Home Truths: It pays to buy a completed house

Under-construction property comes with many issues and risks

The decision to buy a home comes with many smaller decisions to be taken. Besides selecting the location, size and features, you must choose whether you want to book in a project that is just being launched or one that is completed or nearing completion.

Buyers must consider the trade-offs in deciding during which stage of the project they want to buy.

Early bird

Tradition wisdom has been to be an early bird and book a home in a project that is just being launched. For one, these come with a lower price tag and the prices shoot up as the project progresses. Also, your payments are more manageable as you would need only a small amount to book. Later instalments are needed as the construction progresses. This can be more easy on your wallet.

Another benefit is that if you want small alterations to be made in the floor plan — say location of sinks, etc — they can be very easily handled. Builders are often open to requests for changes, provided the structural design is not altered.

That said, the experience of many home buyers shows that the benefits of waiting to buy a home in a project far outweigh the risks in booking early. Sample this. Unitech’s Vistas project in Gurugram was launched in mid-2009, to be delivered in December 2012.

Home buyers did not get possession even in 2015 and had to seek remedy through court. This is not an isolated incident; there are many cases filed by buyers in nearly all cities against builders, big and small, for inordinate delays in handing over.

Buyers have to factor in concerns over project delays. For one, there is interest lost on the amount paid.

If the home was bought with a housing loan, EMI payments must be made, besides the monthly rent that you may be paying for your current residence — a huge financial burden. Not just that, you cannot deduct home loan interest when the house is under construction.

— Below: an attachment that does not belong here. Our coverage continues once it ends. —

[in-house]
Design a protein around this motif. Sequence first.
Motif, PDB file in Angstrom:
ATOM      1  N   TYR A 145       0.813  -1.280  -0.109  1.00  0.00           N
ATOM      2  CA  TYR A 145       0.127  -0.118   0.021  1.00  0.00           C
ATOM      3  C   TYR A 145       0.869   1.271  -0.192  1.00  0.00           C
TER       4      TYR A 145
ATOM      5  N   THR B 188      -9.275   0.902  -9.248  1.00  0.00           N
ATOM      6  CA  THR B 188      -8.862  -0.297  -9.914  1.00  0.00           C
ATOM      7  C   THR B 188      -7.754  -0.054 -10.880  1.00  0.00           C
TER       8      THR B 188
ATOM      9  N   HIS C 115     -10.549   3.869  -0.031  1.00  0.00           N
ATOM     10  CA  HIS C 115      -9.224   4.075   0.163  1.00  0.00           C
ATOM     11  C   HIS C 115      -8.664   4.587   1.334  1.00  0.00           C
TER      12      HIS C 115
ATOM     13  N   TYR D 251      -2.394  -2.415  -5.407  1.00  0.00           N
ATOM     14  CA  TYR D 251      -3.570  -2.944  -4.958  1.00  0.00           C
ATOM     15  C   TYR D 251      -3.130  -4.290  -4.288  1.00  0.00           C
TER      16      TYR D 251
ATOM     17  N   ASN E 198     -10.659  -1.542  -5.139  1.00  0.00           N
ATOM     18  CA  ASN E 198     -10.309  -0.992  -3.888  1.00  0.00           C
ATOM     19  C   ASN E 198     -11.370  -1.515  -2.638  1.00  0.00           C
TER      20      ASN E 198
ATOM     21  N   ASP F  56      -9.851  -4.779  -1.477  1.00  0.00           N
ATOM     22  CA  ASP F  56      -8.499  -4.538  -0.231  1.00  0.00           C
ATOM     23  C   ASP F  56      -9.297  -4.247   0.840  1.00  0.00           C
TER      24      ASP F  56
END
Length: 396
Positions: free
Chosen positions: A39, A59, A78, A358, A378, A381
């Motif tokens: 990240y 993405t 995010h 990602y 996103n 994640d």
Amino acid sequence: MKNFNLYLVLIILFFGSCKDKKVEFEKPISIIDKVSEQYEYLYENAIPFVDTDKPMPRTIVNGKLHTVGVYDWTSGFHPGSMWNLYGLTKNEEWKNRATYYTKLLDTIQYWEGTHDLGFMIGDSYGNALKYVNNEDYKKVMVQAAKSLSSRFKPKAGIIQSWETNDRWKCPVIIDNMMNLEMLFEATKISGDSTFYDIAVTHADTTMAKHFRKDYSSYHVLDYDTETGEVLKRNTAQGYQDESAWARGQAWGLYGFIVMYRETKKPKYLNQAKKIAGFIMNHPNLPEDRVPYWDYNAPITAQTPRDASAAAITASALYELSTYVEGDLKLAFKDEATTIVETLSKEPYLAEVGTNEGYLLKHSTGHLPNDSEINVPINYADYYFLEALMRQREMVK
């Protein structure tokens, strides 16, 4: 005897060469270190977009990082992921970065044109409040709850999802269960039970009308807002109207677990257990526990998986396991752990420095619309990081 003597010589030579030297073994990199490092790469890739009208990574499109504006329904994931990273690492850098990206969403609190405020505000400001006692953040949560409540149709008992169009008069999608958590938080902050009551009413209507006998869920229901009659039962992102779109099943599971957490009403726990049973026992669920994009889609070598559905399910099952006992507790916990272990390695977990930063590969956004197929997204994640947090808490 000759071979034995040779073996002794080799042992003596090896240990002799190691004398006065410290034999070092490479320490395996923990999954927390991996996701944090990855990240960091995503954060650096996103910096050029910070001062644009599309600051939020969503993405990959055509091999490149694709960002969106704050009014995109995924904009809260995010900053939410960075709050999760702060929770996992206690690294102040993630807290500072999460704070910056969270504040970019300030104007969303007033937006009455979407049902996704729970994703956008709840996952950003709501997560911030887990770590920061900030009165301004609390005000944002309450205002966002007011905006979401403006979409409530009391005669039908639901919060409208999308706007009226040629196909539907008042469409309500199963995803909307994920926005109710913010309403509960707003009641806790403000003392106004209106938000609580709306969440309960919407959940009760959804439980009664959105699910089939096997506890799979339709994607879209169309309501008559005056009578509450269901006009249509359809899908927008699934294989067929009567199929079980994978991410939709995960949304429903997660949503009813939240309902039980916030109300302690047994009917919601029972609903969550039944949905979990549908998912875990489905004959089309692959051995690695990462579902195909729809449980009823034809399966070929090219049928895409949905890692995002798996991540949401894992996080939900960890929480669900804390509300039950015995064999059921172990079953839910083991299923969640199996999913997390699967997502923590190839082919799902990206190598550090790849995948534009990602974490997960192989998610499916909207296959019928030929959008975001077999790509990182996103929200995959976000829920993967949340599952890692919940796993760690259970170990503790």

Pre-construction interest can be claimed only after the construction is over. This can be done in five equal instalments beginning from the year of completion of construction.

Other factors

Another risk is the quality of construction. Even established builders may cut corners and sometimes deliver a lower quality home, to save on costs. So, it is safe to inspect a completed home before deciding to buy, even if it means you ending up paying a higher price.

Ganesh Vasudevan, CEO, IndiaProperty.com, advises that although newly launched projects come at a lower price compared to a competed project, a buyer should always check the builder’s track record in terms of project delivery and quality of construction.

To add to this, Goods and Services tax differences are another deterrent. Under-construction properties attract GST at 18 per cent rate. From this, the price of land (at one-third the value) is deducted. So, the effective tax rate charge is 12 per cent. On the other hand, ready-to-move properties do not fall under GST, making them more attractive currently.

Also, data shows that there is unsold inventory of completed homes in nearly all the cities. Developers are eager to unlock cash from these and are willing to negotiate with interested home buyers. With discounts or other benefits thrown in, buyers can find some value picks.

Data from IndiaProperty shows that buyer preference in buying new projects is not high — only 35 per cent buy a new home while the majority take a wait and watch.

Data also shows that owners who opt for new homes has declined in the last year — possibly due to fewer launches and higher uncertainties in the market. This trend is likely to continue until the GST issue is sorted out and launches pick-up pace.

Some cushion from RERA

That said, with RERA, the risks of buying an under-construction property have certainly reduced. Developers are required to submit project timelines and will be penalised for delays. You can also take comfort from the fact that unlike in the past, when your payments may have been diverted by the builder to other projects, RERA ensures that your money is kept in an escrow account.

Buyers should decide whether they want to treat home as an asset — that provides returns and come with risks — or as an end-use product.

Just as you would not buy a car or appliance that is under construction, it is better to opt for a finished product, if your goal is to have a place to live.

If you are looking at price appreciation, you must make an informed decision on an under-construction home after understanding the risks and weighting the returns.

The writer is co-founder, RaNa Investment Advisors

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